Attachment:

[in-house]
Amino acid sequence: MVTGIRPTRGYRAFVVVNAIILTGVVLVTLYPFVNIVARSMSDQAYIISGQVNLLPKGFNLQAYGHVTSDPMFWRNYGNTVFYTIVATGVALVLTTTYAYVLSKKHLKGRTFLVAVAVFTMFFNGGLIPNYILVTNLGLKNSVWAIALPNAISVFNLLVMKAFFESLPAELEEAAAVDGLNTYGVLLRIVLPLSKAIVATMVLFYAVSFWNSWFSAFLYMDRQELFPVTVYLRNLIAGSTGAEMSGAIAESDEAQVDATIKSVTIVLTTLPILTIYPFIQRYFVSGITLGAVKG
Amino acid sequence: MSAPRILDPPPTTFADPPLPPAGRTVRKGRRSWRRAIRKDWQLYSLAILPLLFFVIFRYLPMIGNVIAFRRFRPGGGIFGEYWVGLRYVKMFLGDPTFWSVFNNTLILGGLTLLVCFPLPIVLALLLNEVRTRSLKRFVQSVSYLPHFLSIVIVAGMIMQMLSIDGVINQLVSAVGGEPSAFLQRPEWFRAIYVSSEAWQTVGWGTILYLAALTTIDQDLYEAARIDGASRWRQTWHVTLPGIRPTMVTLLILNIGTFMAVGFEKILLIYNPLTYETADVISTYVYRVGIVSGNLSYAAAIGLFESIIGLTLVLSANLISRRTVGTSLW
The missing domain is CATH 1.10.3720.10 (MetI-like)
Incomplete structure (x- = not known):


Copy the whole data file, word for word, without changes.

[in-house]
Amino acid sequence: MVTGIRPTRGYRAFVVVNAIILTGVVLVTLYPFVNIVARSMSDQAYIISGQVNLLPKGFNLQAYGHVTSDPMFWRNYGNTVFYTIVATGVALVLTTTYAYVLSKKHLKGRTFLVAVAVFTMFFNGGLIPNYILVTNLGLKNSVWAIALPNAISVFNLLVMKAFFESLPAELEEAAAVDGLNTYGVLLRIVLPLSKAIVATMVLFYAVSFWNSWFSAFLYMDRQELFPVTVYLRNLIAGSTGAEMSGAIAESDEAQVDATIKSVTIVLTTLPILTIYPFIQRYFVSGITLGAVKG
Amino acid sequence: MSAPRILDPPPTTFADPPLPPAGRTVRKGRRSWRRAIRKDWQLYSLAILPLLFFVIFRYLPMIGNVIAFRRFRPGGGIFGEYWVGLRYVKMFLGDPTFWSVFNNTLILGGLTLLVCFPLPIVLALLLNEVRTRSLKRFVQSVSYLPHFLSIVIVAGMIMQMLSIDGVINQLVSAVGGEPSAFLQRPEWFRAIYVSSEAWQTVGWGTILYLAALTTIDQDLYEAARIDGASRWRQTWHVTLPGIRPTMVTLLILNIGTFMAVGFEKILLIYNPLTYETADVISTYVYRVGIVSGNLSYAAAIGLFESIIGLTLVLSANLISRRTVGTSLW
The missing domain is CATH 1.10.3720.10 (MetI-like)
Incomplete structure (x- = not known):